Hi again! In Part 1 (The Puzzle of H. pylori: The Science) I explained what Helicobacter pylori is, how it invades the body, the symptoms it causes - basically, all the science stuff. Here in Part 2 of my trilogy of posts on my H. pylori experience I'm going to talk about my own personal H. pylori project i.e. my experiments with various foods and herbal remedies in my efforts to come up with my own treatment and eradicate the little pest from my body!
My personal pylori project
The core of my plan has been the rather fantastic mastic gum, a herbal remedy from a Greek pistachio tree with potent anti-pylori activity. A little goes a long way – my pot of 13g lasted me 3 weeks. I'd just like to run through some more of the details of my plan, to give you an idea of the natural products that can be used to discourage pylori.
When you chew the 'bobbles' they turn into a gum!
Most people seem to recommend cycling on/off, but the length of your on/off periods doesn't seem too critical. Personally I've been doing 3 weeks on, then anything from 2 weeks upwards off. As well as the mastic, I've been making a point of eating as many other anti-pylori foods and herbs as I can manage such as: brassicas (especially Brussels sprouts and flower sprouts), cranberries, triphala and lemon balm. So far I've done two rounds of treatment, building up the dose of all of these products gradually. I've found that combining 250mg of mastic with ½ teaspoon of triphala and taking this first thing in the morning seems to have the most powerful effect, judging from the die-off. I'm also trying to have as many stomach soothing foods as possible including: carrot, fennel and green juices, unripe plantain powder, cherries, persimmon smoothies, chia seeds and coconut. This apparently is important to repair the damage that pylori has done to the stomach lining. Judging from my symptoms of gastric irritation, my lining has indeed been left in a pretty ravaged state.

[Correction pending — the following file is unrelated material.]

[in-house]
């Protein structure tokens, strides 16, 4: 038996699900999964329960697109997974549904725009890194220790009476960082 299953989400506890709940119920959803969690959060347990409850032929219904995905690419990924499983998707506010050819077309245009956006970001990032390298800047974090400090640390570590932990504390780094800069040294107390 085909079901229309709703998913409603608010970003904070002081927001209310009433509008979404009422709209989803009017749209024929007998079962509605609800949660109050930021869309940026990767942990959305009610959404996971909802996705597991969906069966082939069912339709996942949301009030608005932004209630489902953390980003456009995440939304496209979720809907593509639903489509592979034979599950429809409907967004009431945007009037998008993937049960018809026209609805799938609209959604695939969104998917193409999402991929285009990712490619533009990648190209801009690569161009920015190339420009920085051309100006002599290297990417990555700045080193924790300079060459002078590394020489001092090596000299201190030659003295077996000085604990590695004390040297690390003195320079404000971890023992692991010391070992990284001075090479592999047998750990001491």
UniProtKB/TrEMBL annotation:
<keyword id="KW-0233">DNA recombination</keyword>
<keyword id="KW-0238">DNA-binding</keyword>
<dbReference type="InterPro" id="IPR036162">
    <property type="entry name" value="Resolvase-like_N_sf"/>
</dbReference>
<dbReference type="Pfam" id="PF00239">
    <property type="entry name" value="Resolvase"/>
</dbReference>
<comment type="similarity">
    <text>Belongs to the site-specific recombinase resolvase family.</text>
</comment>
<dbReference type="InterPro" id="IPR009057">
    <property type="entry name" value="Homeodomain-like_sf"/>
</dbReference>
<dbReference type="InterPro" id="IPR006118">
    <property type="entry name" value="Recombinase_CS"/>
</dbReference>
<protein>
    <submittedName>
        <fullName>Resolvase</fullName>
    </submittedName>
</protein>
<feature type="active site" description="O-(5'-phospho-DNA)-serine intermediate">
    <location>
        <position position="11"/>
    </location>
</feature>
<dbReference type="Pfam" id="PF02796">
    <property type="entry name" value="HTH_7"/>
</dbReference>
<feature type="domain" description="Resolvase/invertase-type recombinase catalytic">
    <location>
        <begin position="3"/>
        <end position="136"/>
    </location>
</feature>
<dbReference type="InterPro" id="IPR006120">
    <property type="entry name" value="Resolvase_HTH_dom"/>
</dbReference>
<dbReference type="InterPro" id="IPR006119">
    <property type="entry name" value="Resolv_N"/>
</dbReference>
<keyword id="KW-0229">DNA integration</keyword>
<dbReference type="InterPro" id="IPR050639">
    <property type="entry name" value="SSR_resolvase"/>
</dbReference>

Some of my anti-pylori agents – brassica veg (Brussels and flower sprouts) and home-dried cranberries. Functional and fun!
Killing off the pylori overgrowth and repairing the stomach lining can be a fairly long-term project. Dr. Yasko says it may take months or years to address and also that once you've eradicated the pylori, symptoms can persist for perhaps 6 months afterwards. Obviously, this can make tracking progress a bit tricky, but I'm guessing it's wise to keep up with some kind of pylori control measures until you're feeling sure things are in a better state of balance. Some people say that the mastic also kills good bacteria, but instinctively, I feel comfortable with taking a low dose (500-750mg per day) and reassured that it's a daily part of the diet for many people in Greece and the Middle East.
Herbal helpers – mastic gum and triphala (an Ayurvedic remedy comprised of three sour fruits)
What happened next?
Some very wild die-off in the first few days which lessened as time went on, though even at the start, I felt remarkably better in between all the die-off. My symptoms included: severe nausea and reflux, the worst episodes of facial, arm and leg twitching and shaking I've ever experienced, feeling very fed up, bladder problems, especially bad delayed stomach emptying and more of a saliva shortage than usual. Plus a lot of episodes of the smelly sweating. And nope – I could not tell you what the connection might be with all of this!
On the plus side, I felt: improved energy, calmer, happier mood, significantly less burping and 'stomach squelching'. And once the dust had settled: generally smoother digestion, less irritable bladder symptoms and fewer twitching and sweating attacks. I have been so excited to start getting a sense in the past few months of what 'normal' feels like, when I've been having pretty extreme difficulties for the past 10 years! Improvements in the digestive department have been less pronounced so far than the general energy boost, though from Dr Yasko's info, that would be usual for the stomach to be catching up later. For now, I think my system is just relieved not to be permanently overwhelmed with ammonia.
I was hoping to try and add in some other herbs to alternate, but unfortunately my experiments with rosehips and broccoli sprouts haven't been a success. The others I've tried also haven't seemed to have such potent effects as the mastic, so I suspect I'll go back to this star-performing herb. As I'm sure you'll notice, this is really a make-it-up-as-I-go-along approach!
In the third and final part of 'The Puzzle of H. pylori' I'll look at the connection between H. pylori and environmental Illness (EI).
You can also find more info on the best blenders for smoothies on Wife Knows.